Richard believes his rejection is of London Above and its people, not his
perception of it. He does not, however, search for meaning in this world—he sees none
around him and leaves. Just as the negatives of Ireland and the Catholic Church force
Stephen Daedalus out of his homeland in Joyce’s Portrait, the negatives of London
Above force Richard to leave. But just as Stephen Daedalus focuses on the evils of his
society, so too does Richard. One sees, even in Richard’s narration, that London Above’s
existence is not totally meaningless.
While it is true that London Above, as Richard experiences it, generally rejects
graduality, the character of Arnold Stockton provides a hint that the whole world may not
be this way. Mr. Stockton, Jessica’s boss, is portrayed as someone who asserts his
importance on everyone. He is a media giant, a “caricature” of real-life mega-executives,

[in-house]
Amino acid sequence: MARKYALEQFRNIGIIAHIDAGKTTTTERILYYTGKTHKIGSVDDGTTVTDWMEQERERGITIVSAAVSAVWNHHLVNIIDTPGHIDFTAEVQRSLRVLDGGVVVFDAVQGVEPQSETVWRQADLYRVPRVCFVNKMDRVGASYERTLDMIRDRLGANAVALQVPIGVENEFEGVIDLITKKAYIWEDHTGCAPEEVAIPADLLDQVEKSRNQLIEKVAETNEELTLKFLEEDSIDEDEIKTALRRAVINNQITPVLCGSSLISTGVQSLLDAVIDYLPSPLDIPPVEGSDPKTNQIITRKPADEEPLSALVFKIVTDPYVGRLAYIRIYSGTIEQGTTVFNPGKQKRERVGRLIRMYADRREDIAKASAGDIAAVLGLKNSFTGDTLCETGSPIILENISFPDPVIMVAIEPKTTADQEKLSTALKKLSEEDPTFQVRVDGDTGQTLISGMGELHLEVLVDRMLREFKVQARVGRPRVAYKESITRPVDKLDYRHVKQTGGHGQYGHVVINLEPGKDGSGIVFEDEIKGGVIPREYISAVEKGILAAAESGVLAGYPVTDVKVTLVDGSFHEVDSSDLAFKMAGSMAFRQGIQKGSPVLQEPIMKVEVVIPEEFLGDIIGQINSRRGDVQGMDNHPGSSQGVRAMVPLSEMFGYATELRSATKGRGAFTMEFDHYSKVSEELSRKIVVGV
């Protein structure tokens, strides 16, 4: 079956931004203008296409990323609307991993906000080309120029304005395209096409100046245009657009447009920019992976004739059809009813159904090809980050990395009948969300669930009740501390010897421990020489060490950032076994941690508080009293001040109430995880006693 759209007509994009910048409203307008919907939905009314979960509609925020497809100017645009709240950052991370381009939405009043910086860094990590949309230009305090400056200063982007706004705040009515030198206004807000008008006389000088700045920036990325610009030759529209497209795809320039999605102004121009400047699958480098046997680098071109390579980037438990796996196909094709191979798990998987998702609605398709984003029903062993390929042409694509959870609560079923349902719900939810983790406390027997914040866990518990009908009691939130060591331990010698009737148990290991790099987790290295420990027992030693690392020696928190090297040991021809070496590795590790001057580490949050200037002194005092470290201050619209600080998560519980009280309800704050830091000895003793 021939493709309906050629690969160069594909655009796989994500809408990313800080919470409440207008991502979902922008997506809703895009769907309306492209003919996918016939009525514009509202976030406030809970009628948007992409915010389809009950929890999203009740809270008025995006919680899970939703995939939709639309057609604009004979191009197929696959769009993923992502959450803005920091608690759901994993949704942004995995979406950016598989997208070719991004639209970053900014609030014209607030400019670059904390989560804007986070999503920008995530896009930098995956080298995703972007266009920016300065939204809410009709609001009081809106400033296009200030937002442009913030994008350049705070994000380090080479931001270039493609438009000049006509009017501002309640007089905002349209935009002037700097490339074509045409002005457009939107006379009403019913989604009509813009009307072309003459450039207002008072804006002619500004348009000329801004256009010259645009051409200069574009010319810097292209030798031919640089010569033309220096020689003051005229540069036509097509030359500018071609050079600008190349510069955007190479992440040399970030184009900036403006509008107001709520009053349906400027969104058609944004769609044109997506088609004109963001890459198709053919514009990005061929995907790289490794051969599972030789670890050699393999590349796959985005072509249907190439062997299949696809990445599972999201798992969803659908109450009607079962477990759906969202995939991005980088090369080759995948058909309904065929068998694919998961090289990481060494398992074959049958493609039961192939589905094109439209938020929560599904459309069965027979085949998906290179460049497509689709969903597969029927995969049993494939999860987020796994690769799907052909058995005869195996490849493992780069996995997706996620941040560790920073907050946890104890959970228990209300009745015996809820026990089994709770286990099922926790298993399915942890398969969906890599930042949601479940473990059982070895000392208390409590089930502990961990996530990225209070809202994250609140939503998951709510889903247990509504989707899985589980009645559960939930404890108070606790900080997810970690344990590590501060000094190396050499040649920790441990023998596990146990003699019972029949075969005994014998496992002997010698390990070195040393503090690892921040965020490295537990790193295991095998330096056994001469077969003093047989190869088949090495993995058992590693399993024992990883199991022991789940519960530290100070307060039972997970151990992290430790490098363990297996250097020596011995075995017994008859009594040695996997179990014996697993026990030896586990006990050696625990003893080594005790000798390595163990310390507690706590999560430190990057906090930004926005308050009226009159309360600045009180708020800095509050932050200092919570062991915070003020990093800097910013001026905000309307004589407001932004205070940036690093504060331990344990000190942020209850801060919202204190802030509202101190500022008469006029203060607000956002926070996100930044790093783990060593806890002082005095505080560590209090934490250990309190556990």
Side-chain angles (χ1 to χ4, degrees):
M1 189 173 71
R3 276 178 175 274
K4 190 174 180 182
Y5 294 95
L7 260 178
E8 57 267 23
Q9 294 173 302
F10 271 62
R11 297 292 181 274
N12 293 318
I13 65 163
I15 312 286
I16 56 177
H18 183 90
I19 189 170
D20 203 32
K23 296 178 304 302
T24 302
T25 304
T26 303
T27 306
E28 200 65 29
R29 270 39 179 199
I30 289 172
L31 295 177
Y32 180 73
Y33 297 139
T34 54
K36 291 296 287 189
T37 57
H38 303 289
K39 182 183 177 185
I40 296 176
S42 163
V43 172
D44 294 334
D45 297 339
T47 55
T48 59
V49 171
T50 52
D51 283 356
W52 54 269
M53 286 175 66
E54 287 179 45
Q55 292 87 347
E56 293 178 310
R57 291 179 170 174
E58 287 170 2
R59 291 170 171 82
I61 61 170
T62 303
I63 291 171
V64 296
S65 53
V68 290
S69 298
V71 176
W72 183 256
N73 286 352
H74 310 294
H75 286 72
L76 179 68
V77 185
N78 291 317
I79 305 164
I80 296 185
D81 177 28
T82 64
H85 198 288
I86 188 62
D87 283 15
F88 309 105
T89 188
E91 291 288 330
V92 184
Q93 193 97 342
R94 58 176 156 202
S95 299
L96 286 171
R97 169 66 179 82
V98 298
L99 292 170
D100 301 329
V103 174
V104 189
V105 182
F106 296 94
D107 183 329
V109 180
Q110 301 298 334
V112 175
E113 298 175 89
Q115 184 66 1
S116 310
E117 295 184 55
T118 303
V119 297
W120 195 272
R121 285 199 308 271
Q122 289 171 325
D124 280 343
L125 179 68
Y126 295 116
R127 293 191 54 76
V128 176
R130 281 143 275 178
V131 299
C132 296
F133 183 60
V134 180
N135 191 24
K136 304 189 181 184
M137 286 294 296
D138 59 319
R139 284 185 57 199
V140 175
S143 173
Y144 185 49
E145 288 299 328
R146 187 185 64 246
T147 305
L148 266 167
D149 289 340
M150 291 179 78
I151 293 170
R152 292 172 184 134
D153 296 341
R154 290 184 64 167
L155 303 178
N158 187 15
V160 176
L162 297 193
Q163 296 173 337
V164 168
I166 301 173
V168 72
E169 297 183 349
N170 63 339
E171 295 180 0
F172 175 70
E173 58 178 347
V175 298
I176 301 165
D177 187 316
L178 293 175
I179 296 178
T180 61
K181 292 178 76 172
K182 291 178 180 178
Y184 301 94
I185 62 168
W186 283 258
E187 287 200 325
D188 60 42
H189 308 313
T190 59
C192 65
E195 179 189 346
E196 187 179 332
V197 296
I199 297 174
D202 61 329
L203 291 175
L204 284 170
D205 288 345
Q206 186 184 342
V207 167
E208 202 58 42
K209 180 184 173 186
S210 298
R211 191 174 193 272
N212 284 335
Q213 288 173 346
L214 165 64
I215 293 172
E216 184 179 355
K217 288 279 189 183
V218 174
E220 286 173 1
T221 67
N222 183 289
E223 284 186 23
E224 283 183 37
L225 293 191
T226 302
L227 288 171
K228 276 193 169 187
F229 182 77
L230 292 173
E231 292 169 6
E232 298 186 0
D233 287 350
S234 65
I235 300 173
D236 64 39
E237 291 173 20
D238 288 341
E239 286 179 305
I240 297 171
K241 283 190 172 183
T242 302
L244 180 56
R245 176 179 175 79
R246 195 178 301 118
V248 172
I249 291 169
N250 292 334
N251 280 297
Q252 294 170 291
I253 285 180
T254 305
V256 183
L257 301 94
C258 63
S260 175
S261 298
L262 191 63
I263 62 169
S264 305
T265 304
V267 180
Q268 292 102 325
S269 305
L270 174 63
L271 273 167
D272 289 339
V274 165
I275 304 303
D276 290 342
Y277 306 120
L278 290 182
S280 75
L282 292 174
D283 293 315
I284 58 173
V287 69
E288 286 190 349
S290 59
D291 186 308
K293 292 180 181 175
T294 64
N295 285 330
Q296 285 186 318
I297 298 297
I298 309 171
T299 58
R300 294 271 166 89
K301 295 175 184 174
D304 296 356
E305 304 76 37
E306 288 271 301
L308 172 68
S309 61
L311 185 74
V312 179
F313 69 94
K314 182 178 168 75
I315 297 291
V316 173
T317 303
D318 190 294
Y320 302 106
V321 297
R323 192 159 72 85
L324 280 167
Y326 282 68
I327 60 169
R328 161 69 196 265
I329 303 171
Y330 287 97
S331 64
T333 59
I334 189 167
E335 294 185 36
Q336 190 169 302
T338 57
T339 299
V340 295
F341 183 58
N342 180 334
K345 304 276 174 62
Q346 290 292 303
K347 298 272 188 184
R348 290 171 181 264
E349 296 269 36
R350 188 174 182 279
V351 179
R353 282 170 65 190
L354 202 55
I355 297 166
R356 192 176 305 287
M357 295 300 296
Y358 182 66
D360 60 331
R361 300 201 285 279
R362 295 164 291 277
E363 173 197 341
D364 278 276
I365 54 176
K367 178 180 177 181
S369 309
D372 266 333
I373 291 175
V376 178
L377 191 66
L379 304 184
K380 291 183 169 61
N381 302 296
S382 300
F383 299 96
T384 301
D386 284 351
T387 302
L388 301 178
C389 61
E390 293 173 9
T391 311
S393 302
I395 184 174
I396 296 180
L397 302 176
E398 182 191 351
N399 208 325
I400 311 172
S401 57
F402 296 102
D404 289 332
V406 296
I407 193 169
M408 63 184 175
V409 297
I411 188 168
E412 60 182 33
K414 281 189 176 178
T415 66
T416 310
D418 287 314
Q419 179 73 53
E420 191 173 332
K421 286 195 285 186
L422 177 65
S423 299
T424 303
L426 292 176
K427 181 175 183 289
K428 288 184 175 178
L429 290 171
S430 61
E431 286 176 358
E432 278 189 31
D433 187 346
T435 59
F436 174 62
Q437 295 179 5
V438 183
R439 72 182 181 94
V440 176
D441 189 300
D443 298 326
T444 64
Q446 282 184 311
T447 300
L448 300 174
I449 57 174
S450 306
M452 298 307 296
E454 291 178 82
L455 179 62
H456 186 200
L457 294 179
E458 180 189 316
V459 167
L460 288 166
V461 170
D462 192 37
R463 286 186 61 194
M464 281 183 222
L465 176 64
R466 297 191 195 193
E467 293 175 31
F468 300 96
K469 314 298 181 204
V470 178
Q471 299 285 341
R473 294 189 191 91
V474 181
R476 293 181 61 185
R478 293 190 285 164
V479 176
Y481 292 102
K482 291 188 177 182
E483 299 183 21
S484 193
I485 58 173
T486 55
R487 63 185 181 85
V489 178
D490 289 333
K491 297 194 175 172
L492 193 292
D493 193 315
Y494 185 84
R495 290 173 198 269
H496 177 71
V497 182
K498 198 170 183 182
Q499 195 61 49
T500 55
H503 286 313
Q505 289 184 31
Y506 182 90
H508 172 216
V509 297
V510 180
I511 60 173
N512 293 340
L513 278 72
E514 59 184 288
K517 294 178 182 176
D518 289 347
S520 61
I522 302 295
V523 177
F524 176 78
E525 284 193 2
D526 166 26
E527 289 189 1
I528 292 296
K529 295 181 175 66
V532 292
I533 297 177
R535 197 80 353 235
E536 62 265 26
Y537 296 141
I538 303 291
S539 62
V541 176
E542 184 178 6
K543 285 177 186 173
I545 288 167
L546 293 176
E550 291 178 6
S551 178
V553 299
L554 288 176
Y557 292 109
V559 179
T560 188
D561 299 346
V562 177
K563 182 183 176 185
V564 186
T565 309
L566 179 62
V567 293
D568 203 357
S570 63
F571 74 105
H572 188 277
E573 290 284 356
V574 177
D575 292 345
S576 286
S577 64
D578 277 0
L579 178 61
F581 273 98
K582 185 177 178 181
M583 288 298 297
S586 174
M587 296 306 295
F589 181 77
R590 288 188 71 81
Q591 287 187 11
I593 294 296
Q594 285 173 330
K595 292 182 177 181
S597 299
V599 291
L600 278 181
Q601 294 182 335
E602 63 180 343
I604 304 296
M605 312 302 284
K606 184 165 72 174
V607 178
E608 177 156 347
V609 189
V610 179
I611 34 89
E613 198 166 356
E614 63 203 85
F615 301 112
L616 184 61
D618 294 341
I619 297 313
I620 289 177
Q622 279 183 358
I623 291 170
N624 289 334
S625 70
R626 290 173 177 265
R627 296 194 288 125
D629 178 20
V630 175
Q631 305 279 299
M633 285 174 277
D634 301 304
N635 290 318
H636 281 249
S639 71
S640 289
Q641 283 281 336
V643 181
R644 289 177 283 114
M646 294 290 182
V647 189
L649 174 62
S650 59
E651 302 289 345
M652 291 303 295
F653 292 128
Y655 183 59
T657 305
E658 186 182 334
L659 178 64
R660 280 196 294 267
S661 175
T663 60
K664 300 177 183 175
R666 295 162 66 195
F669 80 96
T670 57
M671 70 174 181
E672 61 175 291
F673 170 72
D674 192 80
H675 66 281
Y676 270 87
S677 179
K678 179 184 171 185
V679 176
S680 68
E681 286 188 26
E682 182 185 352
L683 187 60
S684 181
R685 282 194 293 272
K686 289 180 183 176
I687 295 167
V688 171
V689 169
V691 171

and owns, through Stocktons PLC, “a little bit of everything” (Neverwhere 172). He is
also a minor character: he appears physically in one scene, and in conversation in another.
Contrary to his portrayal as a capitalist behemoth, however, he collects various
representations of angels. This collection forms the exhibit, Angels over London, that
Jessica organizes for him. Mr. Stockton says that when he, as a child, looked at a certain
angel carved into a door—the Angelus, or the door to the angel Islington’s prison—he
felt as if “it knew what I was thinking” (Neverwhere 173). Mr. Stockton sacrifices his
resources to restore the angel in question (the restoration took “a shitload of money,” in
his words) and puts it on display so that “it maybe can inspire some other little penniless
brat to start his own communications empire” (Neverwhere 173). Thus we arrive at
another, more poignant interpretation of his motives, since nowhere is it mentioned that
Mr. Stockton profited significantly from the exhibition. We can assume that such a
venture could be profitable, but we can also assume that such profitability would be a
relative drop in the bucket when compared to his other holdings.11
It certainly would not
merit him spending so much of Jessica’s time on the venture. We can thus take him at